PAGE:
Not that long ago, for critical positions, hiring managers would often reach out to recruiters to help them find those stellar candidates. Recruiters had the unique ability to find and connect with passive job candidates that would otherwise not respond to a “help wanted” advertisement. In recent years, however, with the rise of LinkedIn and other professional networking sites, employers seem to be able to reach passive candidates much easier without using a recruiter. This begs the question – Is the relationship between recruiter and HR Business Partner dead? #recruiter #careeradvice

The answer may not be as crystal clear as a “yes” or “no”, but we can certainly agree that the relationship is changing! Talent pools are changing. Yes, employers now have access to a similar online talent pool that recruiters use, but do they have the “in” with professional groups? Do they regularly attend networking events where passive job seekers may be more involved? My guess is probably not. Furthermore, if a member of your organization made a call to a direct Competitor to solicit talent and set up an interview, chances are the cat would be out of the bag pretty quickly. A recruiter can make that contact under the recruitment firm name and it’s a lot less taboo.

Recruiters still have a leg up on the time to fill. With all the other things hiring managers have to handle, do they have the time to commit to a proper lengthy conversation with job candidates about their bigger career goals? Sure, if it’s truly critical, all other processes could be put on hold to focus on finding the right talent, but going back to the
talent pool question, is the HR team as connected to available talent as a recruiter?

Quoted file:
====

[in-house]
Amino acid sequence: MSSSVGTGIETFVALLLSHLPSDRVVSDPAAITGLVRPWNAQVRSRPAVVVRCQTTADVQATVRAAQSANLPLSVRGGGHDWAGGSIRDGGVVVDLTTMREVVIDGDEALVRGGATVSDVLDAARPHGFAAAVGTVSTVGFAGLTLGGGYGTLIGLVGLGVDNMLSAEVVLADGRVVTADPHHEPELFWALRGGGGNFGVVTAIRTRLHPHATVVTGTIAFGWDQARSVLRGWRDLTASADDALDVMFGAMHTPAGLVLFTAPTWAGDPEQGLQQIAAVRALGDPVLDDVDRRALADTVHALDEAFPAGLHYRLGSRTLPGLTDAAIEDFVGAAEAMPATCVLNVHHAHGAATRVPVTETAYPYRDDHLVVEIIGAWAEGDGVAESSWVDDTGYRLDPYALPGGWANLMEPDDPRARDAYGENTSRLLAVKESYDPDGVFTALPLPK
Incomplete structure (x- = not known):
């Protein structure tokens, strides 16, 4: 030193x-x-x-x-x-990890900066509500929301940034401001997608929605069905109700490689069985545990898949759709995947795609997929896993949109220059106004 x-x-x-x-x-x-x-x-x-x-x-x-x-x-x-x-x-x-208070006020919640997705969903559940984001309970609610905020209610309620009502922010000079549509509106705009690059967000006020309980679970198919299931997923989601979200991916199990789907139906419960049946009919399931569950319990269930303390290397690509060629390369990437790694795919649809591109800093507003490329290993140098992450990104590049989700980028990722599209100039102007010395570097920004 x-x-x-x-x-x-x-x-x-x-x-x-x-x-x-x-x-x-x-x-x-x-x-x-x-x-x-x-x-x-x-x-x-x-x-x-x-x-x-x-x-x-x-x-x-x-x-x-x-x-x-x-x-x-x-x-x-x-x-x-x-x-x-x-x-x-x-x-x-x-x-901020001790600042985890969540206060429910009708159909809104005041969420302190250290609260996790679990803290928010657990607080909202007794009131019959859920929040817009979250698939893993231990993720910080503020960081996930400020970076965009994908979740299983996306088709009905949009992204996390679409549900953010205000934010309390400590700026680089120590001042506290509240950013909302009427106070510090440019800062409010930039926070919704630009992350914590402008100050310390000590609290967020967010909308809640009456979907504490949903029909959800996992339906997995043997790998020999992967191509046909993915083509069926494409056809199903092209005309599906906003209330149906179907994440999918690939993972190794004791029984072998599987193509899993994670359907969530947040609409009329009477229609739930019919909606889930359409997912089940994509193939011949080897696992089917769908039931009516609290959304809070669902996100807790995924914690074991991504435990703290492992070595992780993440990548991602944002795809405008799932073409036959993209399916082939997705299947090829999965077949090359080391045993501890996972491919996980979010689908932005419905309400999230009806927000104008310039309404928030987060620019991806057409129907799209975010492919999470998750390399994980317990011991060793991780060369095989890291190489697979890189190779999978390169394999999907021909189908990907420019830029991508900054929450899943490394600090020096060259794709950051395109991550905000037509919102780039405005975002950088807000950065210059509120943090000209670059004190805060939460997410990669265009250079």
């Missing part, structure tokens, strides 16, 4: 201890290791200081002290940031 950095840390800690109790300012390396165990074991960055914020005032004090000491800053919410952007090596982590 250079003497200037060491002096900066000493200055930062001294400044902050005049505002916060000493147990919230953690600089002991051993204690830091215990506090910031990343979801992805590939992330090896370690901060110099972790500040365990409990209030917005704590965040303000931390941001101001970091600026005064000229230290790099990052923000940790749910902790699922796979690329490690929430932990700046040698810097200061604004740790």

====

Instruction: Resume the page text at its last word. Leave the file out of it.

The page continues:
Remember that recruiters specialize in the art of finding and matching people to the right position. They have their hands on the pulse of the job market. They will be able to advise you on what is realistic for the search in regards to salary, skill set, available talent, and competition for similar positions. This is all information a hiring manager likely wouldn’t have by simply posting a job on a job board. Recruiters are instrumental in finding the perfect fit for a company because they offer impartiality that a company representative will not have. They can also help broker the
best deal between the candidate and the company, often able to see both sides of the story so to speak, without being biased one way or another in a way that would interfere with objective decision-making. Another great point as to why recruiters are beneficial to your screening process is the fact that recruiters can go into a competitor’s office and try to attract the best talent – where a company may not feel as comfortable doing this. Also, recruiters allow the candidate to speak first to an “outsider” without having to speak directly to the company on first sight. These reasons all make the process smoother for both the candidate and the company!

Recruiters increase the likelihood that candidates will say yes. Good recruiters put a significant amount of energy into understanding their candidates and their perspective employers. By having a middleman involved in the process, the recruiter serves as the perfect matchmaker after the first “date.” Recruiters ask both parties how did it go and can manage expectations of both parties in advance. Candidates will likely share info with a recruiter, like that they didn’t feel the culture was a good fit, that they wouldn’t share with a company representative. I think we can all agree how frustrating/disheartening it is to find “the candidate” and then get your offer turned down.

Ultimately, yes almost anyone in your organization can go online and start looking for candidates, but recruiters are specialists! So my answer is “NO” the relationship is not dead. Maybe for an entry-level position you may not call a recruiter, but for those key positions, they are a huge value-add to your organization.

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